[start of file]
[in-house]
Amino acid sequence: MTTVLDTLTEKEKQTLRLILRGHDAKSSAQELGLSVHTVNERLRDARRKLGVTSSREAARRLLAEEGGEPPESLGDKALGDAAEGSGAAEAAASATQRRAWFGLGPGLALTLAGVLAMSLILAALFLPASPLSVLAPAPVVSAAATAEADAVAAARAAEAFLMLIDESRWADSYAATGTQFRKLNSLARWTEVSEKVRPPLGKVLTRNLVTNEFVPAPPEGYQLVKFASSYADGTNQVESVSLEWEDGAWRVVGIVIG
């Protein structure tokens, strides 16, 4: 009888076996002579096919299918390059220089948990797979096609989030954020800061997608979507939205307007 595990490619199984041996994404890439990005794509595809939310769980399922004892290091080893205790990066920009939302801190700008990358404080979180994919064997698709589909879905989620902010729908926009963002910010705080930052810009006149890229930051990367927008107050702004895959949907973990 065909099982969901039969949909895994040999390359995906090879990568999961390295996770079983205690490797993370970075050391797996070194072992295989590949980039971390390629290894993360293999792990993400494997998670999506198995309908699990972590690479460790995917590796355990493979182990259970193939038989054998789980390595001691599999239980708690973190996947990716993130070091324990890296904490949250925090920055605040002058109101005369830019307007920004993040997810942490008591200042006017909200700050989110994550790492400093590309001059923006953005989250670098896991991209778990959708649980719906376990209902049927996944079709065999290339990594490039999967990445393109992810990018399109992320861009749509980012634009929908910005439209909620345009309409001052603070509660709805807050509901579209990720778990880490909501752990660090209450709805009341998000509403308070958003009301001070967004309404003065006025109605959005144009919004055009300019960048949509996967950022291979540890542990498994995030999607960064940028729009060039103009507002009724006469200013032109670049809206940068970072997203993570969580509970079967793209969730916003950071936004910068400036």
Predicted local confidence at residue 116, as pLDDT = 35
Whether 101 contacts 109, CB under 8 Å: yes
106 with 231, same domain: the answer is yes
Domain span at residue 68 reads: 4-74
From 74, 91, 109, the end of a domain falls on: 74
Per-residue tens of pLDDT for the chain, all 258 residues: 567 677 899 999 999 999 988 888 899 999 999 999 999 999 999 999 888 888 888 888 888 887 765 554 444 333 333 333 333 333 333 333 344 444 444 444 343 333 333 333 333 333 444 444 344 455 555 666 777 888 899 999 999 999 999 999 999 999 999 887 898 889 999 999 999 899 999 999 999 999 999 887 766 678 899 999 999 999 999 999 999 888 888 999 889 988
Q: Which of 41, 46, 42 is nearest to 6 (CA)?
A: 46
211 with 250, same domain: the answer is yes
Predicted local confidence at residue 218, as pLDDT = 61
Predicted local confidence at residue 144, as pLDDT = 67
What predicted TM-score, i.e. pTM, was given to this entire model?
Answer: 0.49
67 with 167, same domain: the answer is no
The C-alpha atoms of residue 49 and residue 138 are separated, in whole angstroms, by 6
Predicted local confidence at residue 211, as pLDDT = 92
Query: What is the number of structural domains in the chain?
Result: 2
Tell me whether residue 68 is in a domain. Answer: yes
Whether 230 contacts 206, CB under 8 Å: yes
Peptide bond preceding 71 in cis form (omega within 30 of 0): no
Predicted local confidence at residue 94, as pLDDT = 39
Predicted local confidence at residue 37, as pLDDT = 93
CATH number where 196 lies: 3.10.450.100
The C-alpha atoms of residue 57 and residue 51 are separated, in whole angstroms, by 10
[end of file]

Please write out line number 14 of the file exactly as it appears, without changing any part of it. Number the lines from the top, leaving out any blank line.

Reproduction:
Predicted local confidence at residue 144, as pLDDT = 67